A markèd improvement

Eye (photo by Vanessa Bumbeers)

I had laser eye surgery per­formed on the week­end. Today was my sec­ond fol­low-up appoint­ment with the opthal­mol­o­gist.

My vision is now sit­ting at 2016 with both eyes, which is appar­ent­ly a step bet­ter than 20/20 or “per­fect” vision. I gath­er that the 2016 means that I can see at 20 feet what a nor­mal per­son can see at 20 feet.

I had a look at the doc­u­ments the doc­tor pro­vid­ed. Before the surgery, my good eye was at 20400. My bad eye, well, they didn’t even both­er with a 20/number, just marked OF 2ft (I assume “out of focus at two feet”).

Now all I need to do is get used to a life with­out glass­es.

(That’s not my eye­ball. Pho­to by Vanes­sa Bum­beers on Unsplash)

An evening out with the stars

Aurora Borealis

With some of the mon­ey I inher­it­ed from my dad, last year, I bought an 1116mm f/2.8 lens for my cam­era. In plain Eng­lish, it’s a nice fast lens with a nice wide field of view, which means that it’s great for astropho­tog­ra­phy.

Tonight, the stars aligned for me, as it were. There was almost a 50/50 chance of some auro­ra sight­ings, per SpaceWeath­er. The tem­per­a­ture was a balmy -1°C, which was a pleas­ant change from the -25°C and -35°C nights we’ve had for the last cou­ple weeks.

Long sto­ry short, there was a faint haze to the north. Edit­ing with Gimp brings out quite a bit more than the naked eye could see.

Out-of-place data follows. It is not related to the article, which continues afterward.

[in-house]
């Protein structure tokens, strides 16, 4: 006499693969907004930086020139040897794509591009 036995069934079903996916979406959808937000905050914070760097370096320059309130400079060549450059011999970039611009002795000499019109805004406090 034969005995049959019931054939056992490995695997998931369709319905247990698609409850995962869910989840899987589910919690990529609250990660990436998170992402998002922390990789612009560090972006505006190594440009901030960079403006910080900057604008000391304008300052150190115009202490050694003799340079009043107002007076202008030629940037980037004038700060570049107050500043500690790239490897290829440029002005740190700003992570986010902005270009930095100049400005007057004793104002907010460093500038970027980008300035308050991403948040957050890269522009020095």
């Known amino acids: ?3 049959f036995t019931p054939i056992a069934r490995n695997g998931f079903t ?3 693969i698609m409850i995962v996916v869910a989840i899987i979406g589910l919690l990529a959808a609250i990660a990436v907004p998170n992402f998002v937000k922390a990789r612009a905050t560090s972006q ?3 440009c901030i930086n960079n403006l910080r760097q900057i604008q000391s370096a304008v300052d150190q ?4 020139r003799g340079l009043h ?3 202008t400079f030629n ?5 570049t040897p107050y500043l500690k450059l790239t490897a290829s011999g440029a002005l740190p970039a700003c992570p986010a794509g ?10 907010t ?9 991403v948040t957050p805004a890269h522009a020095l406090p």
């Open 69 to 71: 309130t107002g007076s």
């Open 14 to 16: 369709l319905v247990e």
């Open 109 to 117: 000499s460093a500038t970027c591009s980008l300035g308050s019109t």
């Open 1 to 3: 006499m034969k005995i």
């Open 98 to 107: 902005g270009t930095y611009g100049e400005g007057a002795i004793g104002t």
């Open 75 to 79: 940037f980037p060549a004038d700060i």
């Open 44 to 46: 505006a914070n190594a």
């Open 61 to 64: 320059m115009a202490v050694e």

As my cam­era clicked away, I leaned back against the car. At one point I thought of Kurt Vonnegut’s quote: If this isn’t nice, I don’t know what is.

The Island of Dr. Death

Cover image, from Ultan's Library

I just got notice that the book I request­ed via Inter-Library Loan—The Island of Dr. Death and Oth­er Sto­ries and Oth­er Sto­ries—has arrived at the desk. By cof­fee time I’ll have it in my hands, and by evening I’ll be read­ing some Gene Wolfe short sto­ries.

I’m prob­a­bly more excit­ed about this than I should be, but then I’m a late-in-life Wolfe con­vert, and I’ve got a lot of catch­ing up to do.

Wolfe is the one that once tore to shreds a pret­ty com­mon writ­ing trope—call­ing some­thing inde­scrib­able when it isn’t real­ly—and then, I like to think, poked fun at his own advice a few years lat­er in a dif­fer­ent nov­el. I’ve seen him described more than once as the writer’s writer, and I look for­ward to read­ing some of his short works.

Series: Gene Wolfe

The entire series: The Gold­en Sen­tence; A les­son in a line; Inde­scrib­able; My head’s swim­ming now; The Island of Dr. Death.

Some birth-year words

Thanks to Merriam-Webster’s “Time Trav­el­er” fea­ture, I now know that the fol­low­ing words’ and phras­es’ first record­ed use hap­pened the year I was born:

And dozens of oth­ers, too. How about you?

(Maybe lat­er I’ll indulge in a caipir­in­ha.)

My head’s swimming now

I recent­ly fin­ished my re-read of Gene Wolfe’s Fifth Head of Cer­berus. Feel­ing pret­ty smug, think­ing I’d caught a lot more than I’d picked up on first read­ing it, I Googled fifth head of cerberus analysis, which led me to a pas­sel of arti­cles on Ultan’s Library, includ­ing Prov­ing Veil’s Hypoth­e­sis [warn­ing: many, many spoil­ers] . And… wow.

I had no idea.

I still have no idea.

But I’m glad there’s at least one writer out there as sub­tle, as sneaky, as sly, as Gene Wolfe.

Series: Gene Wolfe

The entire series: The Gold­en Sen­tence; A les­son in a line; Inde­scrib­able; My head’s swim­ming now; The Island of Dr. Death.